YOUNG: It's funny you're saying that you may agree that, right now, there's not a great demand. But it sounds like it may be because kids and their parents may not even know what they're missing. But, Christopher, you say that you don't even believe that because you've been told that white kids won't buy a book with a black kid on the cover. But as you say, white kids buy CDs with black kids on the cover all the time.

MYERS: Absolutely. As people who deal with fictions, we're very familiar when we see them.

MYERS: Right.

MYERS: And the market is a fiction and it's worked on, and we make up our best theories as to what will sell or what won't sell. But in the end, the market is a fiction, and we're constantly being surprised by the market and various other media industries. For example, maybe 15 years ago - I'm not the biggest Tyler Perry fan - but the idea of a Tyler Perry, of a vernacular black cinema was not commonplace.

YOUNG: Tyler Perry, the producer - uber-producer with films and TV shows now to his credit, yeah.

MYERS: Yes. And now you see that he is, by himself, a cottage industry.

YOUNG: Well, it strikes me this isn't just about poor kids of color. It's about poor white kids as well.

MYERS: Exactly.

YOUNG: And changing the children's literature is also about all kids. We're thinking of - there was a recent brouhaha when the book "Hunger Games" went to the big screen. One of the characters, Rue, is described very purposely by the author as black, of color. And yet when an African-American actress was cast to play Rue, there was this outcry in social media mostly by white young people, saying, why is she black? Why is she black? They couldn't even - in their minds' eye, they'd seen so few black characters in literature, they didn't even pick up that she was black.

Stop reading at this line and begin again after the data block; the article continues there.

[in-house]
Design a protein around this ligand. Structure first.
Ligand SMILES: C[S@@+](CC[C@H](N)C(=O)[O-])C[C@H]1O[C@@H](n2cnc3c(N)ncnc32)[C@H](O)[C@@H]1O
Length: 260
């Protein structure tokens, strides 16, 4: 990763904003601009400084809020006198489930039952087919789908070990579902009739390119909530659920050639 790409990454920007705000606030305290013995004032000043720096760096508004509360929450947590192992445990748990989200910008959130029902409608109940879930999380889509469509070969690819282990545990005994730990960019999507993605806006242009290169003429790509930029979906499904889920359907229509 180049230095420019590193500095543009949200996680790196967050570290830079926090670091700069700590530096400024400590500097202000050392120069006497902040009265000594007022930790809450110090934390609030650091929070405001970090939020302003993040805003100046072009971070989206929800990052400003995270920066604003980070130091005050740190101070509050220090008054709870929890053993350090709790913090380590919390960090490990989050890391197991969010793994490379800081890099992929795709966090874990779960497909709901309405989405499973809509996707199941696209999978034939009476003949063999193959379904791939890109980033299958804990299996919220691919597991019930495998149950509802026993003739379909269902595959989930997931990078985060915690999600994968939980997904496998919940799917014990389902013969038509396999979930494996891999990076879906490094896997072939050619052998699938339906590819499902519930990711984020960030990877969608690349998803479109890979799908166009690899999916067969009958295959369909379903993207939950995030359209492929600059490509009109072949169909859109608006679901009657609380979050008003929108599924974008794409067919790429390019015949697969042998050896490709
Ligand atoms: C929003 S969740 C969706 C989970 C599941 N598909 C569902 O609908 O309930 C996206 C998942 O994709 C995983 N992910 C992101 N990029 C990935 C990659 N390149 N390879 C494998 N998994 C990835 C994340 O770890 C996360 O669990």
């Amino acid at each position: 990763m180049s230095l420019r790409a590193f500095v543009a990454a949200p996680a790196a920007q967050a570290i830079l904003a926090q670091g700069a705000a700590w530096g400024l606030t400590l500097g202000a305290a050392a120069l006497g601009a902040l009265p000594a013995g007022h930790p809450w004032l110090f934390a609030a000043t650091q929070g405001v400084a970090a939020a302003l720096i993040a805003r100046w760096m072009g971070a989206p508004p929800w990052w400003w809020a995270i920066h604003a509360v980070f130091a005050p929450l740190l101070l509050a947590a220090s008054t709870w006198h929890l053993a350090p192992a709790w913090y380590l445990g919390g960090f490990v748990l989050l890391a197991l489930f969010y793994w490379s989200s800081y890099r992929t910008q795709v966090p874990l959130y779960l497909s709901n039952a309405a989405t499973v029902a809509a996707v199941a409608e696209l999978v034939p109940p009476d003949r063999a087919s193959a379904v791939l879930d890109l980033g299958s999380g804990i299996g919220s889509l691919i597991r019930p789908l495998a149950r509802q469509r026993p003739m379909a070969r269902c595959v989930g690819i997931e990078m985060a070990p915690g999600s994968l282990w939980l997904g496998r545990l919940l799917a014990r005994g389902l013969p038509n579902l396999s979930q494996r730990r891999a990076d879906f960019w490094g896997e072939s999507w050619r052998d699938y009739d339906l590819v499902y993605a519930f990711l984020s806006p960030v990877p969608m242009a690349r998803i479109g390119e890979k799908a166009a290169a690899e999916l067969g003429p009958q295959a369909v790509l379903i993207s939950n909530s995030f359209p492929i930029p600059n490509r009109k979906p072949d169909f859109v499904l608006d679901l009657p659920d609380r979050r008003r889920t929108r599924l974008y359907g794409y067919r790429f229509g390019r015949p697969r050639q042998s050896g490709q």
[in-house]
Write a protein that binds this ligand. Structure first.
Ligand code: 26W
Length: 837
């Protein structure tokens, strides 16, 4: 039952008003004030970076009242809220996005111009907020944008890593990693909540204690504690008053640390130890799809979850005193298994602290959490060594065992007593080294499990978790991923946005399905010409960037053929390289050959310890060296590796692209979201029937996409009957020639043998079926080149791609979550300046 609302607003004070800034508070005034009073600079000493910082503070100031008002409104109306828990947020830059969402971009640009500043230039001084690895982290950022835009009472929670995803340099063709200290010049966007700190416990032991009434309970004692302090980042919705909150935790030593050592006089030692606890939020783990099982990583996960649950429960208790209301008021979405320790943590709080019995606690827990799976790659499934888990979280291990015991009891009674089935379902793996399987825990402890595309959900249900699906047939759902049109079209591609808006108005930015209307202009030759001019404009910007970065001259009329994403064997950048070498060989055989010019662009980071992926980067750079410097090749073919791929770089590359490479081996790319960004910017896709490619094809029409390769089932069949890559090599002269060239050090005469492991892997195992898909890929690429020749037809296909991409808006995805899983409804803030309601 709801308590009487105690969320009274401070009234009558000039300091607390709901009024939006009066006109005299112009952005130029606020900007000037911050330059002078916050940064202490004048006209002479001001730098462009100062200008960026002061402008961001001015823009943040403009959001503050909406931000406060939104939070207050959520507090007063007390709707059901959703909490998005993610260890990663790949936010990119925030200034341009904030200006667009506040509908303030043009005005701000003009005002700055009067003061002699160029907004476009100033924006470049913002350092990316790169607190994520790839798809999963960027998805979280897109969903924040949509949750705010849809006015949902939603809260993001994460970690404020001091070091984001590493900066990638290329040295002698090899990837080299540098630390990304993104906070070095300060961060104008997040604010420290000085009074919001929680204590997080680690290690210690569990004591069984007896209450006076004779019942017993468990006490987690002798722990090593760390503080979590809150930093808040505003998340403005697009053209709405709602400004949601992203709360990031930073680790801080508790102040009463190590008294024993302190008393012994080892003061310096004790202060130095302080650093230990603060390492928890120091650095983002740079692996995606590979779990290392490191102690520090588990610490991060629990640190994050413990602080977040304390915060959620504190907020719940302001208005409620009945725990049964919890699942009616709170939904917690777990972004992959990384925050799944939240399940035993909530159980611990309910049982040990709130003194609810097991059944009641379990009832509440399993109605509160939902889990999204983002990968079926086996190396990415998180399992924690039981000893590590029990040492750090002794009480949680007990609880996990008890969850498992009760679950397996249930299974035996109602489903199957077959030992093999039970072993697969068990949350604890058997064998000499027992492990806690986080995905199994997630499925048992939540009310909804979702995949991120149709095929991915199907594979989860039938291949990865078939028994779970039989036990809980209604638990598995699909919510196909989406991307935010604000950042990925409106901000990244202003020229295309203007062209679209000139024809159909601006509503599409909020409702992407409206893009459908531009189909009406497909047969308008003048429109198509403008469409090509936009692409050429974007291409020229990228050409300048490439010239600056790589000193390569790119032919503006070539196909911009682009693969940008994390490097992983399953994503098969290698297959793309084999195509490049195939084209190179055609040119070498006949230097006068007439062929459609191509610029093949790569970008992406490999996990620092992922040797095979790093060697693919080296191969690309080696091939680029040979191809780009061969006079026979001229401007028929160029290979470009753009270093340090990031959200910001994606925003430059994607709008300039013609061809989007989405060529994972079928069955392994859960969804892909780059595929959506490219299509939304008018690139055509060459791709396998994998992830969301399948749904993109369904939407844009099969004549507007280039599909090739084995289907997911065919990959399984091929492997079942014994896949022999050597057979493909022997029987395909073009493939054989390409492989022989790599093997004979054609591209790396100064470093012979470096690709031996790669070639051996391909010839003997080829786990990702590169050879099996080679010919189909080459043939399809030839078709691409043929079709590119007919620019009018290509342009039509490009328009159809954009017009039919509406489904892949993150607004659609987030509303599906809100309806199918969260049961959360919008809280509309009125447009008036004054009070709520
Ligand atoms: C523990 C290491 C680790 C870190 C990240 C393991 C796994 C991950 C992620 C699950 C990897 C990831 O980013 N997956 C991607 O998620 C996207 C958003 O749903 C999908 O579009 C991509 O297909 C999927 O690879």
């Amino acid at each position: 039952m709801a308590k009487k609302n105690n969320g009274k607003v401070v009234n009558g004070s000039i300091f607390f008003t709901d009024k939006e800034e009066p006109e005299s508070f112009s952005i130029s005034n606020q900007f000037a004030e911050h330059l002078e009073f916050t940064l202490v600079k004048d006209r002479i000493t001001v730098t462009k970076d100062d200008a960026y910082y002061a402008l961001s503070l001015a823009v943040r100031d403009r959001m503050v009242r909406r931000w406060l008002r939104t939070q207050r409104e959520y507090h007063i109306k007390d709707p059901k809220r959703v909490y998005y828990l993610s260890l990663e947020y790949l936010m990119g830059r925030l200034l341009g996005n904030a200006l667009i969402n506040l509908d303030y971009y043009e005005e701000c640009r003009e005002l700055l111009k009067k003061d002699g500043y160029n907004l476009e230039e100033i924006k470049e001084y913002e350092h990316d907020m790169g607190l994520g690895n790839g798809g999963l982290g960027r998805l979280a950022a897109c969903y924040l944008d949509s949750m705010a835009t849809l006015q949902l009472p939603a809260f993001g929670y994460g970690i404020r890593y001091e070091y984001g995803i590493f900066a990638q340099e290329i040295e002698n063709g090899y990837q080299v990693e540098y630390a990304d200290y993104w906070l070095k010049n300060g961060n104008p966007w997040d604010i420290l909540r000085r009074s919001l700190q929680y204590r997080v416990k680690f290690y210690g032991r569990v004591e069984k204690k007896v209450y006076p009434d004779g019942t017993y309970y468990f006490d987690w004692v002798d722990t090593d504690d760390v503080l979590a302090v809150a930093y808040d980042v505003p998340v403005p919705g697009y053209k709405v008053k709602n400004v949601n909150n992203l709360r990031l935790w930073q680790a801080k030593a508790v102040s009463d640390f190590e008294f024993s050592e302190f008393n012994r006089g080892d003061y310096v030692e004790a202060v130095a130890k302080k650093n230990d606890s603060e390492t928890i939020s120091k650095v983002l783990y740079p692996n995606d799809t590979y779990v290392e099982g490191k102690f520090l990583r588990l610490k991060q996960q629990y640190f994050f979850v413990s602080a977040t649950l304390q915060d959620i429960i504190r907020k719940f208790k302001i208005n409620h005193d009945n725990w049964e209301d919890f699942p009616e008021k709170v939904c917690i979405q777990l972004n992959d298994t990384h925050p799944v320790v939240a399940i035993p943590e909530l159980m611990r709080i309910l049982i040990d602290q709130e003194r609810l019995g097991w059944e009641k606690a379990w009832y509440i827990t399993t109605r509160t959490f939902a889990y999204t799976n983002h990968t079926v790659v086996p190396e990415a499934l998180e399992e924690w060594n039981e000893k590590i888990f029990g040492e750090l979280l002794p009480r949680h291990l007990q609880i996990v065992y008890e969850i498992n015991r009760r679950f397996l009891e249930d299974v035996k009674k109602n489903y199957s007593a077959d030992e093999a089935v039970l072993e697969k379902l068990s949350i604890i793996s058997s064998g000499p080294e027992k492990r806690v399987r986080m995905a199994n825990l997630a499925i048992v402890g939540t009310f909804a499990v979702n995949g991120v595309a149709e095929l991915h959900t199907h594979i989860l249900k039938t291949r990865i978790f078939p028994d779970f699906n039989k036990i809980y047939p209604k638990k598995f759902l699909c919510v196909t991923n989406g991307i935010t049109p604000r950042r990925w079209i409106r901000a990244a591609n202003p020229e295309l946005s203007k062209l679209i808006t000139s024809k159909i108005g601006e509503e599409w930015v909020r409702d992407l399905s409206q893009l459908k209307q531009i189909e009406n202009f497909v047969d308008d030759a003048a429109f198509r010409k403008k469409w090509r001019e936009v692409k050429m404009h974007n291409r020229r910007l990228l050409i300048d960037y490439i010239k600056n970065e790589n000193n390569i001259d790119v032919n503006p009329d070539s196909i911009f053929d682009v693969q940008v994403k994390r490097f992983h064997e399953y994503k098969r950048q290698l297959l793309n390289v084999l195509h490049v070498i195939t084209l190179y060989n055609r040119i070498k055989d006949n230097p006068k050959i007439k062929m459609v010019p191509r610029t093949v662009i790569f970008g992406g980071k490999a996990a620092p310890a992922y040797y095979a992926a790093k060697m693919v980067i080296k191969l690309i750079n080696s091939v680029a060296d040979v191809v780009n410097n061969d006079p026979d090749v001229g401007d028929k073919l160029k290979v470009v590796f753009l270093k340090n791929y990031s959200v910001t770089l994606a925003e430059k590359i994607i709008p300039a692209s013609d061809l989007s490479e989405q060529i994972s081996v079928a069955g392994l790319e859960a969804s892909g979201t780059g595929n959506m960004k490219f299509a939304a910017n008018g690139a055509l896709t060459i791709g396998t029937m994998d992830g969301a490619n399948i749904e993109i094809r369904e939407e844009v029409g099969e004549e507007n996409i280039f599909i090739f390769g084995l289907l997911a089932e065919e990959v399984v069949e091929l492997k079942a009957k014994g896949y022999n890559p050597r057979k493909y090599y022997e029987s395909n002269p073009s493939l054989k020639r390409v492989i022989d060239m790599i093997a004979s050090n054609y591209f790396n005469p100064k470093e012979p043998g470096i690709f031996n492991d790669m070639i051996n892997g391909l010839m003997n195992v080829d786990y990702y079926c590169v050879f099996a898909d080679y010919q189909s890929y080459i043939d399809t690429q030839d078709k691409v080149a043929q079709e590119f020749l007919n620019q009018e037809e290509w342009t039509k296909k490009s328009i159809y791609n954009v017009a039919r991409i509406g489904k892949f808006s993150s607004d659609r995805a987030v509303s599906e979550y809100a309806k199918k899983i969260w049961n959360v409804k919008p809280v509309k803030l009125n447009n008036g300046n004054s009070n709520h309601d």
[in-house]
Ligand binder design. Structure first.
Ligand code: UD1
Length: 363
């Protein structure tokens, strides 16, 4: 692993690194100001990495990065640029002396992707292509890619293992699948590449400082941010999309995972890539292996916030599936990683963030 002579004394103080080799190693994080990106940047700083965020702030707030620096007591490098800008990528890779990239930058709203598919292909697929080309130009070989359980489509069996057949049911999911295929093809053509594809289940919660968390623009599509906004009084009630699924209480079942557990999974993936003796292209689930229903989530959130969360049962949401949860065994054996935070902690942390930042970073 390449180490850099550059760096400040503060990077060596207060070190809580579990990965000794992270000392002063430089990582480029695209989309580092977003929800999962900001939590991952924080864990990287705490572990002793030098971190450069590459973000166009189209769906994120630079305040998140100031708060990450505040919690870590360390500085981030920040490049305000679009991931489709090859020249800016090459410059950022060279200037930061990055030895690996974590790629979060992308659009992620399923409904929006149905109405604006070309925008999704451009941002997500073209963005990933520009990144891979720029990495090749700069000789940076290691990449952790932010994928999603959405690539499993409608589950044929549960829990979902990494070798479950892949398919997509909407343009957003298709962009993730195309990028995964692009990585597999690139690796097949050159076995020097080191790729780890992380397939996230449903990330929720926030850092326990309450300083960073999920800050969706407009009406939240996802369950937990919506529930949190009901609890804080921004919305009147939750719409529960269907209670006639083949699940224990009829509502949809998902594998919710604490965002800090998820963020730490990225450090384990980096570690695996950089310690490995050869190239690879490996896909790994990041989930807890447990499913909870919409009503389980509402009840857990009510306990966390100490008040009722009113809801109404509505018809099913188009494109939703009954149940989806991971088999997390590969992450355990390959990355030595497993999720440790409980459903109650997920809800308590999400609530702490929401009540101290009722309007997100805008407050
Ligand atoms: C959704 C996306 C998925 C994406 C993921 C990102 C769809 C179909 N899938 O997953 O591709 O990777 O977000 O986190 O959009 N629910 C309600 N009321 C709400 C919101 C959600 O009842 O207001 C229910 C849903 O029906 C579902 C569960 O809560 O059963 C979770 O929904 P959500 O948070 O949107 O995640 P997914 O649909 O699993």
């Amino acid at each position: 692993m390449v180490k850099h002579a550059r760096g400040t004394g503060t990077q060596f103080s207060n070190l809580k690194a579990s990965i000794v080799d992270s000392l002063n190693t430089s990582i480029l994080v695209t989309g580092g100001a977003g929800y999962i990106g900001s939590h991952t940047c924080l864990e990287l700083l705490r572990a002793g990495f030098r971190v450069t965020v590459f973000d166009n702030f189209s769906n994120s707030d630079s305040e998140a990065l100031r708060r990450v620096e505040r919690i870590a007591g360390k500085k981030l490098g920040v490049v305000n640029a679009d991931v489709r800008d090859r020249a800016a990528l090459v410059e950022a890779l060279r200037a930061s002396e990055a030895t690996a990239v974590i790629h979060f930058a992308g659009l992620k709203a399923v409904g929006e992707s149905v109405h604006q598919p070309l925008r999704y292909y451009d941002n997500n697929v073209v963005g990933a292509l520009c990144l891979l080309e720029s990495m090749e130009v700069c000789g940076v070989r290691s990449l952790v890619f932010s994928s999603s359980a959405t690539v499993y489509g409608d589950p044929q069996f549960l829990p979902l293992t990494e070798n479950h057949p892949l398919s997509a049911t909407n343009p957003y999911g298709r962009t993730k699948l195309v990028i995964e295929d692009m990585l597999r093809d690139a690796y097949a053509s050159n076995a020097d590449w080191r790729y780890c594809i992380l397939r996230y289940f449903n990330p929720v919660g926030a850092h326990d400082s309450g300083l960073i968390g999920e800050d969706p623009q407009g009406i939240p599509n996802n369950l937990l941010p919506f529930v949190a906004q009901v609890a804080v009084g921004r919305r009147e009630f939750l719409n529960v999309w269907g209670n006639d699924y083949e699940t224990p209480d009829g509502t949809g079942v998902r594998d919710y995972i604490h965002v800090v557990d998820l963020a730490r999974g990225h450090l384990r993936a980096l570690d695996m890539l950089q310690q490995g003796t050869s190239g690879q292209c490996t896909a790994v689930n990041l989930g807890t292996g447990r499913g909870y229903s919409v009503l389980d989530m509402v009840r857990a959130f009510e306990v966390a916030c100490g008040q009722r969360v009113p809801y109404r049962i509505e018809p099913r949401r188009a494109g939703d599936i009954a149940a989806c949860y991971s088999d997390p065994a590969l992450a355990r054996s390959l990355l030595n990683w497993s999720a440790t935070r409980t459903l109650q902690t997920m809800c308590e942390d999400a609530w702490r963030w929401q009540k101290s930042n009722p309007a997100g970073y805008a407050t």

MYERS: Exactly right. I remember Norman Lear came to me and wanted to do "The Young Landlords."

MYERS: One of your books.

MYERS: One of my books. I was all happy until he said, except we're going to change all the black kids to white kids and move it from Harlem to Greenwich Village.

MYERS: But the idea is that children's literature, children's media - we are making for our children a picture of the society that they're going to be living in. And if we're making these segregated images, then we can't be surprised when people are outraged when they see images of little black girls in "The Hunger Games." In trying to make books that reflect our dreams, our hopes for what our society can be, we don't want to use such a feeble excuse as the market to limit what our society can be. I really don't want my society being dictated by what I think will sell at the local B. Dalton - if there will be Daltons anymore.